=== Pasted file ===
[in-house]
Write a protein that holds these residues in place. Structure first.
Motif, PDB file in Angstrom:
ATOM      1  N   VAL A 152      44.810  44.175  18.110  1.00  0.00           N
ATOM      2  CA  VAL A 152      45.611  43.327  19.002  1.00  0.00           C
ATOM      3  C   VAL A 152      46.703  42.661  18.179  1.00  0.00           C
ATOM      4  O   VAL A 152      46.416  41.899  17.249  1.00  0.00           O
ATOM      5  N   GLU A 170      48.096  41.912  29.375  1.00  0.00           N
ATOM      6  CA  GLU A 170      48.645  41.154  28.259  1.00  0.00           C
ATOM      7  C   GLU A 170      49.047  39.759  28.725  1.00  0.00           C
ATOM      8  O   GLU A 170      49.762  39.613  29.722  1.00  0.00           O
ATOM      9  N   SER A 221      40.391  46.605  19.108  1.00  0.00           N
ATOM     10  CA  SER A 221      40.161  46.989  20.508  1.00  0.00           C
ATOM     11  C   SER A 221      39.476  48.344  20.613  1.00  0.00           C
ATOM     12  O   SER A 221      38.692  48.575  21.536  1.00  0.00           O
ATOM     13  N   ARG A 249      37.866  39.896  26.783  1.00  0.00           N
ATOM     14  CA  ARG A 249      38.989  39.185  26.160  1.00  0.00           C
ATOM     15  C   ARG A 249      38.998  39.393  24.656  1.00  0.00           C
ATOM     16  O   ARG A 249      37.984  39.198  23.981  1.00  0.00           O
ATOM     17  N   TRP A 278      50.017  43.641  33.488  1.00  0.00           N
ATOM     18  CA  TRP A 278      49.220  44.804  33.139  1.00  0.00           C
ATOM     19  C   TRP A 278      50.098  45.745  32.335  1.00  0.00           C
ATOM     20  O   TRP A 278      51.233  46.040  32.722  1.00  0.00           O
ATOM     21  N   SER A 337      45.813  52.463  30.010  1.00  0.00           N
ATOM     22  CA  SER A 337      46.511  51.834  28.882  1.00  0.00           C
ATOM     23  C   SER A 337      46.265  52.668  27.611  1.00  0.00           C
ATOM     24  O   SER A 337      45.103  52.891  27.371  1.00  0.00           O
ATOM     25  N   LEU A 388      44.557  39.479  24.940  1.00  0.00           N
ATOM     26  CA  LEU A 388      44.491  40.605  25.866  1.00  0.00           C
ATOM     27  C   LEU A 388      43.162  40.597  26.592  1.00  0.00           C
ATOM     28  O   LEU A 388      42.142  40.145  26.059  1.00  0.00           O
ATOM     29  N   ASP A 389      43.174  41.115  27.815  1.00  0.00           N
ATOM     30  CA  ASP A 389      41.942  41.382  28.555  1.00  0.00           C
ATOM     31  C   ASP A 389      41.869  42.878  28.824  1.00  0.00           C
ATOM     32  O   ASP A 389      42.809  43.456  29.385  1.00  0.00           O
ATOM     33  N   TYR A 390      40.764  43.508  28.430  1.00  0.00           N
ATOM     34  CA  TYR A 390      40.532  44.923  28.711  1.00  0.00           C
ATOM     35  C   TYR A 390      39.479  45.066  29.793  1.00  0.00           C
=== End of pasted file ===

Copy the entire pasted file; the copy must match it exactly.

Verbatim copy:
[in-house]
Write a protein that holds these residues in place. Structure first.
Motif, PDB file in Angstrom:
ATOM      1  N   VAL A 152      44.810  44.175  18.110  1.00  0.00           N
ATOM      2  CA  VAL A 152      45.611  43.327  19.002  1.00  0.00           C
ATOM      3  C   VAL A 152      46.703  42.661  18.179  1.00  0.00           C
ATOM      4  O   VAL A 152      46.416  41.899  17.249  1.00  0.00           O
ATOM      5  N   GLU A 170      48.096  41.912  29.375  1.00  0.00           N
ATOM      6  CA  GLU A 170      48.645  41.154  28.259  1.00  0.00           C
ATOM      7  C   GLU A 170      49.047  39.759  28.725  1.00  0.00           C
ATOM      8  O   GLU A 170      49.762  39.613  29.722  1.00  0.00           O
ATOM      9  N   SER A 221      40.391  46.605  19.108  1.00  0.00           N
ATOM     10  CA  SER A 221      40.161  46.989  20.508  1.00  0.00           C
ATOM     11  C   SER A 221      39.476  48.344  20.613  1.00  0.00           C
ATOM     12  O   SER A 221      38.692  48.575  21.536  1.00  0.00           O
ATOM     13  N   ARG A 249      37.866  39.896  26.783  1.00  0.00           N
ATOM     14  CA  ARG A 249      38.989  39.185  26.160  1.00  0.00           C
ATOM     15  C   ARG A 249      38.998  39.393  24.656  1.00  0.00           C
ATOM     16  O   ARG A 249      37.984  39.198  23.981  1.00  0.00           O
ATOM     17  N   TRP A 278      50.017  43.641  33.488  1.00  0.00           N
ATOM     18  CA  TRP A 278      49.220  44.804  33.139  1.00  0.00           C
ATOM     19  C   TRP A 278      50.098  45.745  32.335  1.00  0.00           C
ATOM     20  O   TRP A 278      51.233  46.040  32.722  1.00  0.00           O
ATOM     21  N   SER A 337      45.813  52.463  30.010  1.00  0.00           N
ATOM     22  CA  SER A 337      46.511  51.834  28.882  1.00  0.00           C
ATOM     23  C   SER A 337      46.265  52.668  27.611  1.00  0.00           C
ATOM     24  O   SER A 337      45.103  52.891  27.371  1.00  0.00           O
ATOM     25  N   LEU A 388      44.557  39.479  24.940  1.00  0.00           N
ATOM     26  CA  LEU A 388      44.491  40.605  25.866  1.00  0.00           C
ATOM     27  C   LEU A 388      43.162  40.597  26.592  1.00  0.00           C
ATOM     28  O   LEU A 388      42.142  40.145  26.059  1.00  0.00           O
ATOM     29  N   ASP A 389      43.174  41.115  27.815  1.00  0.00           N
ATOM     30  CA  ASP A 389      41.942  41.382  28.555  1.00  0.00           C
ATOM     31  C   ASP A 389      41.869  42.878  28.824  1.00  0.00           C
ATOM     32  O   ASP A 389      42.809  43.456  29.385  1.00  0.00           O
ATOM     33  N   TYR A 390      40.764  43.508  28.430  1.00  0.00           N
ATOM     34  CA  TYR A 390      40.532  44.923  28.711  1.00  0.00           C
ATOM     35  C   TYR A 390      39.479  45.066  29.793  1.00  0.00           C